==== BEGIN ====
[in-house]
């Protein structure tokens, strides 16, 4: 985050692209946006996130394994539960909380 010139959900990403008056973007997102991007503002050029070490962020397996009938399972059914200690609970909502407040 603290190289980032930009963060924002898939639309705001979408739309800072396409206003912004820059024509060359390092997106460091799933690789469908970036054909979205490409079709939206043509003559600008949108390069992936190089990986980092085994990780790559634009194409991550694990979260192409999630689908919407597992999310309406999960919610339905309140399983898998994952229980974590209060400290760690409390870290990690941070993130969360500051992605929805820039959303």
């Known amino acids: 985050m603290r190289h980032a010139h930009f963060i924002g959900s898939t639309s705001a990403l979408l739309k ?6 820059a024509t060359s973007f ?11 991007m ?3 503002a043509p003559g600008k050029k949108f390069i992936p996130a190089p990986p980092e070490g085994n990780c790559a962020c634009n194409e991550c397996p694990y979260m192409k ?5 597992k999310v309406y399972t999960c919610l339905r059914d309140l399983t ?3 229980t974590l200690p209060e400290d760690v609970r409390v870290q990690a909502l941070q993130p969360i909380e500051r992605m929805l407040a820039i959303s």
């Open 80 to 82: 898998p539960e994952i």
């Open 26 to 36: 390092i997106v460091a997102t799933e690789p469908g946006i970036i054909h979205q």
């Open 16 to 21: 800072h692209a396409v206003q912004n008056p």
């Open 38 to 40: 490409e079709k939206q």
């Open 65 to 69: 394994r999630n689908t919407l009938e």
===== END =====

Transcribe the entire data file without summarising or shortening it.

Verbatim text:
[in-house]
């Protein structure tokens, strides 16, 4: 985050692209946006996130394994539960909380 010139959900990403008056973007997102991007503002050029070490962020397996009938399972059914200690609970909502407040 603290190289980032930009963060924002898939639309705001979408739309800072396409206003912004820059024509060359390092997106460091799933690789469908970036054909979205490409079709939206043509003559600008949108390069992936190089990986980092085994990780790559634009194409991550694990979260192409999630689908919407597992999310309406999960919610339905309140399983898998994952229980974590209060400290760690409390870290990690941070993130969360500051992605929805820039959303």
């Known amino acids: 985050m603290r190289h980032a010139h930009f963060i924002g959900s898939t639309s705001a990403l979408l739309k ?6 820059a024509t060359s973007f ?11 991007m ?3 503002a043509p003559g600008k050029k949108f390069i992936p996130a190089p990986p980092e070490g085994n990780c790559a962020c634009n194409e991550c397996p694990y979260m192409k ?5 597992k999310v309406y399972t999960c919610l339905r059914d309140l399983t ?3 229980t974590l200690p209060e400290d760690v609970r409390v870290q990690a909502l941070q993130p969360i909380e500051r992605m929805l407040a820039i959303s």
């Open 80 to 82: 898998p539960e994952i």
């Open 26 to 36: 390092i997106v460091a997102t799933e690789p469908g946006i970036i054909h979205q």
């Open 16 to 21: 800072h692209a396409v206003q912004n008056p």
């Open 38 to 40: 490409e079709k939206q």
């Open 65 to 69: 394994r999630n689908t919407l009938e």